The authors study the plane orbits in simple bar models embedded in an axisymmetric background when the bar density is about 1% (weak), 10% (intermediate) or 100% (strong bar) of the axisymmetric density. Most orbits follow the stable periodic orbits. The basic families of periodic orbits are described. In weak bars with two Inner Lindblad Resonances there is a family of stable orbits extending from the center up to the Outer Lindblad Resonance. This family contains the long period orbits near corotation. Other stable families appear between the Inner Lindblad Resonances, outside the Outer Lindblad Resonance, around corotation (short period orbits) and around the center (retrograde). Some families become unstable or disappear in strong bars. A comparison is made with cases having one or no Inner Lindblad Resonance. (12 refs).

  7. ON THE PULSATIONAL-ORBITAL-PERIOD RELATION OF ECLIPSING BINARIES WITH δ-SCT COMPONENTS

    Energy Technology Data Exchange (ETDEWEB)

    Zhang, X. B.; Luo, C. Q. [Key Laboratory of Optical Astronomy, National Astronomical Observatories, Chinese Academy of Sciences, Beijing 100012 (China); Fu, J. N. [Department of Astronomy, Beijing Normal University, Beijing 100875 (China)

    2013-11-01

    We have deduced a theoretical relation between the pulsation and orbital-periods of pulsating stars in close binaries based on their Roche lobe filling. It appears to be of a simple linear form, with the slope as a function of the pulsation constant, the mass ratio, and the filling factor for an individual system. Testing the data of 69 known eclipsing binaries containing δ-Sct-type components yields an empirical slope of 0.020 ± 0.006 for the P{sub pul}-P{sub orb} relation. We have further derived the upper limit of the P{sub pul}/P{sub orb} ratio for the δ-Sct stars in eclipsing binaries with a value of 0.09 ± 0.02. This value could serve as a criterion to distinguish whether or not a pulsator in an eclipsing binary pulsates in the p-mode. Applying the deduced P{sub pul}-P{sub orb} relation, we have computed the dominant pulsation constants for 37 δ-Sct stars in eclipsing systems with definite photometric solutions. These ranged between 0.008 and 0.033 days with a mean value of about 0.014 days, indicating that δ-Sct stars in eclipsing binaries mostly pulsate in the fourth or fifth overtones.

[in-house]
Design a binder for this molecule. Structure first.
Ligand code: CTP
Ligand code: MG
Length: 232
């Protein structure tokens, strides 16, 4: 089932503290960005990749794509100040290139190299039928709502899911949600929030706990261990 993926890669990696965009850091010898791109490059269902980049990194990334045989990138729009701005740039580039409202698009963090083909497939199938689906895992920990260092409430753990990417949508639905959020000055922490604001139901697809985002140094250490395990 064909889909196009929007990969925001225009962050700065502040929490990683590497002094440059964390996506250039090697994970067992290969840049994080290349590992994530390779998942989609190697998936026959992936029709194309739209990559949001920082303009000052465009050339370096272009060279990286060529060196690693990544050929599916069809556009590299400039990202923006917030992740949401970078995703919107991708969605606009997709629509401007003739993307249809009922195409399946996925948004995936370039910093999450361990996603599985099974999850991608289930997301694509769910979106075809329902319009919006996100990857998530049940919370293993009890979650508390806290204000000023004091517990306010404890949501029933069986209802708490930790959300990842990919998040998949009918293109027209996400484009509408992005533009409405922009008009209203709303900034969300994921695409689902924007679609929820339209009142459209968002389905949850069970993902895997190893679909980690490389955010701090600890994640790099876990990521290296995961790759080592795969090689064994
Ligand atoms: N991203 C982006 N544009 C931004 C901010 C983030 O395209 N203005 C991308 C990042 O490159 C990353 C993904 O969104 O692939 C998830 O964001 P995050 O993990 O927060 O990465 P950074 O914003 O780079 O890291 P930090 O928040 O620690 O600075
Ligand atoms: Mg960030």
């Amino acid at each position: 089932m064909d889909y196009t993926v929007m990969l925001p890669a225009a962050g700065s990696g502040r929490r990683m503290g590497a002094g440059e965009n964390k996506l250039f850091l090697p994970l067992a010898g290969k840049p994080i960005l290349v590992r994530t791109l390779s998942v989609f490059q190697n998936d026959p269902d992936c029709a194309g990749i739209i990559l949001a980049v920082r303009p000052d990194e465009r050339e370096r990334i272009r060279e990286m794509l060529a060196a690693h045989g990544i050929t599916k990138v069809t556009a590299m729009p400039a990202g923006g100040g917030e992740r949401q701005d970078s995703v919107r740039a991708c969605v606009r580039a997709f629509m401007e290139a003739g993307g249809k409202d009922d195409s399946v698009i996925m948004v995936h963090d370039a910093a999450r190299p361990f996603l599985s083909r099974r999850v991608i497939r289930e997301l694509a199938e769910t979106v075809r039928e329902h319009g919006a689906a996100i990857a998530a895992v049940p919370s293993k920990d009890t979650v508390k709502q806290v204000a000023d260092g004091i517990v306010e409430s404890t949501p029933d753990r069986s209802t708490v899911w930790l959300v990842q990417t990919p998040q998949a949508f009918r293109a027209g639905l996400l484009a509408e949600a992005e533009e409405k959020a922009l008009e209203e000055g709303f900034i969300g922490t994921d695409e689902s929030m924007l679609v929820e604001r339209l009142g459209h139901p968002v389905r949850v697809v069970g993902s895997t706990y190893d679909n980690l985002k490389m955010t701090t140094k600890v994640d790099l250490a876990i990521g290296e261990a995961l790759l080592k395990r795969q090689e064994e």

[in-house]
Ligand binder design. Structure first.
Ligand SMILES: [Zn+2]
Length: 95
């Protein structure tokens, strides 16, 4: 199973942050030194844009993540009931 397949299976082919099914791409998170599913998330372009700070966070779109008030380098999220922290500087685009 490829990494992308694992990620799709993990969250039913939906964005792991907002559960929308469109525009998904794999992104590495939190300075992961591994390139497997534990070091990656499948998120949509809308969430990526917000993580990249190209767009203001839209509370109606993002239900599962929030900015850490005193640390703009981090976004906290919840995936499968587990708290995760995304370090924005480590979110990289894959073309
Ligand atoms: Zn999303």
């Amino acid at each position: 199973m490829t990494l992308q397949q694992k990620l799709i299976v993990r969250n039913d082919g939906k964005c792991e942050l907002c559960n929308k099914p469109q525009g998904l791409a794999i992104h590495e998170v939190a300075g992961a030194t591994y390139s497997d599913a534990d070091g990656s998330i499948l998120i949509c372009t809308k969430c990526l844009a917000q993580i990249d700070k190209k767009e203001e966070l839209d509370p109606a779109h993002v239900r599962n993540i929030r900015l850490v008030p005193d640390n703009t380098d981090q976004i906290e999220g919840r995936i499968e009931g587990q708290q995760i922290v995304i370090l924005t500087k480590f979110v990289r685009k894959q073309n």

8. Substituent effects on the optical properties of naphthalenediimides: A frontier orbital analysis across the periodic table.

    Science.gov (United States)

    Mulder, Joshua R; Guerra, Célia Fonseca; Slootweg, J Chris; Lammertsma, Koop; Bickelhaupt, F Matthias

    2016-01-15

    A comprehensive theoretical treatment is presented for the electronic excitation spectra of ca. 50 different mono-, di-, and tetrasubstituted naphthalenediimides (NDI) using time-dependent density functional theory (TDDFT) at ZORA-CAM-B3LYP/TZ2P//ZORA-BP86/TZ2P with COSMO for simulating the effect of dichloromethane (DCM) solution. The substituents -XHn are from groups 14-17 and rows 2-5 of the periodic table. The lowest dipole-allowed singlet excitation (S0 -S1 ) of the monosubstituted NDIs can be tuned from 3.39 eV for -F to 2.42 eV for -TeH, while the S0 -S2 transition is less sensitive to substitution with energies ranging between 3.67 eV for -CH3 and 3.44 eV for -SbH2 . In the case of NDIs with group-15 and -16 substituents, the optical transitions strongly depend on the extent to which -XHn is planar or pyramidal as well as on the possible formation of intramolecular hydrogen bonds. The accumulative effect of double and quadruple substitution leads in general to increasing bathochromic shifts, but the increased steric hindrance in tetrasubstituted NDIs can lead to deformations that diminish the effectiveness of the substituents. Detailed analyses of the Kohn-Sham orbital electronic structure in monosubstituted NDIs reveal the mesomeric destabilization of the HOMO as the primary cause of the bathochromic shift of the S0-S1 transition. © 2015 Wiley Periodicals, Inc.

  9. Early visual ERPs show stable body-sensitive patterns over a 4-week test period

    Science.gov (United States)

    Groves, Katie; Kennett, Steffan; Gillmeister, Helge

    2018-01-01

    Event-related potential (ERP) studies feature among the most cited papers in the field of body representation, with recent research highlighting the potential of ERPs as neuropsychiatric biomarkers. Despite this, investigation into how reliable early visual ERPs and body-sensitive effects are over time has been overlooked. This study therefore aimed to assess the stability of early body-sensitive effects and visual P1, N1 and VPP responses. Participants were asked to identify pictures of their own bodies, other bodies and houses during an EEG test session that was completed at the same time, once a week, for four consecutive weeks. Results showed that amplitude and latency of early visual components and their associated body-sensitive effects were stable over the 4-week period. Furthermore, correlational analyses revealed that VPP component amplitude might be more reliable than VPP latency and specific electrode sites might be more robust indicators of body-sensitive cortical activity than others. These findings suggest that visual P1, N1 and VPP responses, alongside body-sensitive N1/VPP effects, are robust indications of neuronal activity. We conclude that these components are eligible to be considered as electrophysiological biomarkers relevant to body representation. PMID:29438399